Ribin is an associate at Dentons Hamilton Harrison & Mathews. He is attached to the Corporate, Commercial Department but is also involved in the Banking and Finance, Energy, Oil and Gas, Restructuring Insolvency and Bankruptcy, and Real Estate practice groups.
He pretty much screams ‘I am a lawyer’ the moment you see him and no, not in the cocky stereotyped way but ‘the person you bring along to a negotiation table and trust you will leave with the best deal’ kind of way. After my afternoon with him, my assumption was spot on.
He was on Secondment as Legal Counsel at Standard Chartered Bank for 6 months this year (2019) and has been part of the team that has handled a number of matters in the corporate, banking and finance and energy, oil and gas including: The restructuring of the holding interest in a leading telecommunications entity in Kenya; the sale of Ahsan Manji’s stake in Weetabix Limited; and an in depth review of all government institutions involved in the petroleum sector in Kenya.
Ribin is circumspect but is trying to take more risks in life and one that was quite vivid for him was jumping off a 45ft cliff in Sagana, Kenya. Ribin is the poster boy for a guy who dreamed about it and worked hard and resiliently to make it happen.
Ribin applied to the firm while in his 4th year of Law school and came in as a Trainee Lawyer in
2014 right after completing his Law Degree. The firm made it possible for him to work while undertaking the Advocates Training Program at Kenya School of Law as the Legal Assistant from 2015 to 2017. After KSL, he was absorbed by the firm as an associate.
He is no stranger to receiving honors and awards. While undertaking his undergraduate, he got the Moi University Shining Star Award for his active participation in moot competitions and also won an individual award as Best Oralist in the All Africa International Humanitarian Law Moot Competition in Arusha, Tanzania. In 2017, during the Nairobi Legal Awards that is held annually, he was named Young Lawyer of the Year 2017/2018. Just to mention a few.
He struggles a bit in picking out one specific moment as he has had a couple of proud moments in his career but manages to say the ones that stood out for him most were, being selected to be a Research Assistant for Justice Sila Munyao who was writing a Criminal Law Book back in his university days. Winning the All Africa International Humanitarian with his team and being singled out for an individual award, ‘Best Oralist’ in the same competition in 2013. Landing a spot in one of the biggest firms in Kenya, being selected by the firm to attend the Baker & McKenzie Associates Induction Course in the United Kingdom and seeing himself grow within and beyond the firm too makes the cut as a proud moment and he finishes off by stating that any time he gets a call and is trusted to handle client’s matters is a humbling and proud moment for him.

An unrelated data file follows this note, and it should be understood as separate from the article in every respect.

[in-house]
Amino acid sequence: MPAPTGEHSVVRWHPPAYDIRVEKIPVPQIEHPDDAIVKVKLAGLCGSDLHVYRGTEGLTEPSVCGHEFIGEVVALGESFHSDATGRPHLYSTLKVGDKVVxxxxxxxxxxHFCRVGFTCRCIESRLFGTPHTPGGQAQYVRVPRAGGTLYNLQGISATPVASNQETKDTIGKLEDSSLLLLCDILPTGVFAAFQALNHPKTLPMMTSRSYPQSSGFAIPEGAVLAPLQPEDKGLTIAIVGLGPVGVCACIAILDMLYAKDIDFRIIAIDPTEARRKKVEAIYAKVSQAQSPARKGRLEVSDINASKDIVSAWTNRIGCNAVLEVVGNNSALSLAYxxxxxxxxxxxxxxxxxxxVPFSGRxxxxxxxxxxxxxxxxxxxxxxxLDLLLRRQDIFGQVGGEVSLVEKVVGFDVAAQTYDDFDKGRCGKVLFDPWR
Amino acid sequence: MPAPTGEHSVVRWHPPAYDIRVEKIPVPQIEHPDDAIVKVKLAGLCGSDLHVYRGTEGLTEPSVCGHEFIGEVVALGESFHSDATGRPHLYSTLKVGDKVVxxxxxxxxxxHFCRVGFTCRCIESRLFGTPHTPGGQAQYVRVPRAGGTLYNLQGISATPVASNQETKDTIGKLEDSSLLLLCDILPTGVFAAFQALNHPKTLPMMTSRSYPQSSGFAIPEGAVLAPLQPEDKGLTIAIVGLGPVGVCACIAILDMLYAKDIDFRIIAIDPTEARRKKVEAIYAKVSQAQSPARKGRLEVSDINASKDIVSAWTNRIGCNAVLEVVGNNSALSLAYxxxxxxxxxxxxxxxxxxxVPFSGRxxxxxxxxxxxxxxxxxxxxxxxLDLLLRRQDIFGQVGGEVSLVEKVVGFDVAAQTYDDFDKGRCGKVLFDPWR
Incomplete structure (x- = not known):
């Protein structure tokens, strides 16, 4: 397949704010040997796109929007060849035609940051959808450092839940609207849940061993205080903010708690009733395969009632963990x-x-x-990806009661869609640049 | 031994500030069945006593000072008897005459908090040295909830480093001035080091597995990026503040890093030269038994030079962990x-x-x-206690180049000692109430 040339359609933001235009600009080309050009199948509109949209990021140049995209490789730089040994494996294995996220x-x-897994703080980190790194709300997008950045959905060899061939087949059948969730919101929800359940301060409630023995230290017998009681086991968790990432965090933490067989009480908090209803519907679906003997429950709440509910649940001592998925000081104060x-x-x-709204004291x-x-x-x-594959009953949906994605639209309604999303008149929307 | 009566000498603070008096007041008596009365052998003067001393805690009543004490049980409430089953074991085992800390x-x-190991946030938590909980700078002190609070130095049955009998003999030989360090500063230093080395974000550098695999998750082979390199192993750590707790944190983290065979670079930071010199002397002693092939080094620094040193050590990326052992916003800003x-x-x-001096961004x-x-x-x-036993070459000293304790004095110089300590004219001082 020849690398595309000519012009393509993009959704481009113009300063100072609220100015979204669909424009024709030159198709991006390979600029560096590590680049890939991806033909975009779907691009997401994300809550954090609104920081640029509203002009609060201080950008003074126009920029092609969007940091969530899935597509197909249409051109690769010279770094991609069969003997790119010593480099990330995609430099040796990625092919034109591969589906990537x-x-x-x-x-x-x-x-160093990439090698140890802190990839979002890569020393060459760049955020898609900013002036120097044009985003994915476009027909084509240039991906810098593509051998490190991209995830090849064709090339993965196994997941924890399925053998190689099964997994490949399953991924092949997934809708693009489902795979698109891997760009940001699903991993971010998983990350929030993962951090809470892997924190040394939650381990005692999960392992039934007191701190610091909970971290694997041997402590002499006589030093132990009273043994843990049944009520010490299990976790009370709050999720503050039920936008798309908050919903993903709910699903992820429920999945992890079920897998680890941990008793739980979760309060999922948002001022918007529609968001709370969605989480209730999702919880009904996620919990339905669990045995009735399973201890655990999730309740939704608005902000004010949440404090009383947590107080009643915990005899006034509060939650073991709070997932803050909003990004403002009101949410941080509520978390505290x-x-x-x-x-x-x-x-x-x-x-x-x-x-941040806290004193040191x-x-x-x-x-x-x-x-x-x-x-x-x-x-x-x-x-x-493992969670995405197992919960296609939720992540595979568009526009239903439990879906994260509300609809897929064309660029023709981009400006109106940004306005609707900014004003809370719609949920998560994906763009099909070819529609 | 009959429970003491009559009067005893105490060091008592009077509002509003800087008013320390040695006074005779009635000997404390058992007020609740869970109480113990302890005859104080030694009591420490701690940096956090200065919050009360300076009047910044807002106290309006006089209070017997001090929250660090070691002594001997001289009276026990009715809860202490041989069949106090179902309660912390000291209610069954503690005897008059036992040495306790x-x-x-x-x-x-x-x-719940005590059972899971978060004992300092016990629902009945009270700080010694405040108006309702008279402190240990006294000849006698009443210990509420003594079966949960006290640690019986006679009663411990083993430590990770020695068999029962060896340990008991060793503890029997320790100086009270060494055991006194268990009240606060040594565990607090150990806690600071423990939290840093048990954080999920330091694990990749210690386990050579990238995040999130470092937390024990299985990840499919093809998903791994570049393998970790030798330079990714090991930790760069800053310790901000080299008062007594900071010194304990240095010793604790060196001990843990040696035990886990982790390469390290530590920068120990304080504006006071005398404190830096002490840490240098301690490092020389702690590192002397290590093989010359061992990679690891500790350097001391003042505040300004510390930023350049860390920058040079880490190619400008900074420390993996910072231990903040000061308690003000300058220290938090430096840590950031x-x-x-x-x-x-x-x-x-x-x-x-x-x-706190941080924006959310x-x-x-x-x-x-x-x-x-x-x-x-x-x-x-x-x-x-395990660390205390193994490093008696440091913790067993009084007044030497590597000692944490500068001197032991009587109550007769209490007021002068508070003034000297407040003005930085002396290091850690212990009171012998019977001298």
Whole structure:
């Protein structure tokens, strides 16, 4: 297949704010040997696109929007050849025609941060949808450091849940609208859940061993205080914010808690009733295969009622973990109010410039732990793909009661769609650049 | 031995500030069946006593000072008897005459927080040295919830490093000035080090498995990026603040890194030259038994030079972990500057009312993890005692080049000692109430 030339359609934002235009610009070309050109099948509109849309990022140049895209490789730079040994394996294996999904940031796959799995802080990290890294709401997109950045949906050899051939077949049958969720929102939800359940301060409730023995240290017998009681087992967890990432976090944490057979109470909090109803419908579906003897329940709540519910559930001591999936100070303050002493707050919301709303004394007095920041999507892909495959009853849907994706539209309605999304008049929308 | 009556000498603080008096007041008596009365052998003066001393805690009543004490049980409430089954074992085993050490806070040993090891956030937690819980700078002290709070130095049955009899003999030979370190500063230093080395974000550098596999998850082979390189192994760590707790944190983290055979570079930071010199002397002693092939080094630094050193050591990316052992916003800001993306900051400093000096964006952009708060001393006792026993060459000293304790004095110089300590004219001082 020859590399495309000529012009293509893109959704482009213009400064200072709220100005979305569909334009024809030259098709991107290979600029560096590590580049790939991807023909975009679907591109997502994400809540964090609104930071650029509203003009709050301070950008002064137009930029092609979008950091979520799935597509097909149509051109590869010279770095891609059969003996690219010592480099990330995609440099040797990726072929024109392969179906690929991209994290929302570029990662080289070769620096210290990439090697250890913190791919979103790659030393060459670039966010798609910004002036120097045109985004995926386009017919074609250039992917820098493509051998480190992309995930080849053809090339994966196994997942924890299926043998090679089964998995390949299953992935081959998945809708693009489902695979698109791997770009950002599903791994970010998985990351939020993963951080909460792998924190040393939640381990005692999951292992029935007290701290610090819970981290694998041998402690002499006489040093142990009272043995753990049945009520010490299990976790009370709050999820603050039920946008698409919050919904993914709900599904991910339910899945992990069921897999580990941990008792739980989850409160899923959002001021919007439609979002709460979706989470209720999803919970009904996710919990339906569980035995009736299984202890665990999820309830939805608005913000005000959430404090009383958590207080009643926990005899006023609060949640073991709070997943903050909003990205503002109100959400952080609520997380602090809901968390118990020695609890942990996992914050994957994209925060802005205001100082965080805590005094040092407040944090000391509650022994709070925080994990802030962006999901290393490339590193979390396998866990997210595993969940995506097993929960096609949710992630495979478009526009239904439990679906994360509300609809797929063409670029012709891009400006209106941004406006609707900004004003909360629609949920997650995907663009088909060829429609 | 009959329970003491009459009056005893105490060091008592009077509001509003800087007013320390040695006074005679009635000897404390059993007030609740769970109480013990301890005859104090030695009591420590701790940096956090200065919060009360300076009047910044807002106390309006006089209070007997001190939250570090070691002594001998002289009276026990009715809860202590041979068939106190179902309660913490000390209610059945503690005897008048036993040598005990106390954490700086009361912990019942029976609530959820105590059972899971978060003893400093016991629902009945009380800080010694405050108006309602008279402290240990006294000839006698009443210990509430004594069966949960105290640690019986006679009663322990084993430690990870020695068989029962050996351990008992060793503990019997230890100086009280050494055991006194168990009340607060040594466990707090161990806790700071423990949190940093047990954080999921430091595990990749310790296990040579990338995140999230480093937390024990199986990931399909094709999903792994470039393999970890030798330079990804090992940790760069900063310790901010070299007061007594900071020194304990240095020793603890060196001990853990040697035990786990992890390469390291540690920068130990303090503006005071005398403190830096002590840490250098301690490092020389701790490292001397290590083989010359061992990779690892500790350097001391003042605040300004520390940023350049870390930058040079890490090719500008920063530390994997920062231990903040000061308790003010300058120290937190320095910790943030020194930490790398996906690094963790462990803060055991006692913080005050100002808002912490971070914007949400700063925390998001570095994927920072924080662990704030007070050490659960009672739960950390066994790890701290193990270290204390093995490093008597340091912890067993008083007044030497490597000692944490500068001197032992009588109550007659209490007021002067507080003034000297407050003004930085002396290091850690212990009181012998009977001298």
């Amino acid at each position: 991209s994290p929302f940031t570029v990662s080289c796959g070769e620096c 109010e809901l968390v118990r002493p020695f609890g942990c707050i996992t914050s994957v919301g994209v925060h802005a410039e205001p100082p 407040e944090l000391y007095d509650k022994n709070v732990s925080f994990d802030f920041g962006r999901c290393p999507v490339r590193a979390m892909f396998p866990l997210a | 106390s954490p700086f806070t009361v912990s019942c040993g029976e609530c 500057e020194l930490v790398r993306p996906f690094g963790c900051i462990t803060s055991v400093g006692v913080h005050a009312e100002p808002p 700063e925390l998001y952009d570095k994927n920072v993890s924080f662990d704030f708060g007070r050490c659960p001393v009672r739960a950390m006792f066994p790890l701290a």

When asked what advice he would you give to young lawyers to thrive in the legal industry, Ribin went ahead and explained that young lawyers should learn to appreciate the practical aspect of law. It goes beyond just reading principles and laws for examinations. The market expects high standards and to some level, we do not understand that until we get into the market and we are required to provide real solutions, to real people, who have real problems. He went on further and talked about two aspects:
Globalization: The world is becoming a global village and clients have experienced the global standard when it comes to legal opinions and advice. So to thrive and be successful in this market, we need to familiarize ourselves with those standards so as to be able to compete at a leveled ground with the world.
Sophisticated Client: We are in an era where clients no longer want to just receive legal advice but want advice couched in a direction that enables them to achieve their strategic goals. So young lawyers should familiarize themselves with this and work towards not only giving legal advice, but also offering solutions that help clients achieve their strategic goals, for a successful legal career.
To his 20-year-old self, he uses the phrase ‘Play Harder and Work Harder’. He goes on further to point out that it is quite possible to live an exciting life and be great at your work simultaneously. On a follow up question on young lawyers being unsure about what path to take and uncertainty in regards to their future, Ribin opines that one should find their interest area and let the road lead you to where you meant to be. He further echoes words said by E.L. Doctorow, an American author that ‘’Life is like driving on the highway at night, you can only see as far as the headlights allow, and the further you go, the further you see.’’
Mentorship to him means giving his shoulders to those who come after him to stand on and see further than they see on their own, the same way those who are ahead of him have and continue to offer him.
Apart from being involved in mentoring young lawyers and law student, Ribin is involved with a charity organization called Tuwakuze Africa. It is an education-based initiative aimed at developing a reading culture, mentoring, and instilling sustainable skills among primary school pupils (Orphaned, vulnerable, and underprivileged) as well as youth within the community. The Vision of Tuwakuze Africa is to empower all underprivileged children in Africa to achieve a holistic education.
He is motivated by the desire to keep learning and growing every day to become a better person and to use this growth not only for his benefit but also for the society around him.
Favorite Quote: ‘’Make your life a masterpiece; imagine no limitations on what you can be, have or do’’ – Brian Tracy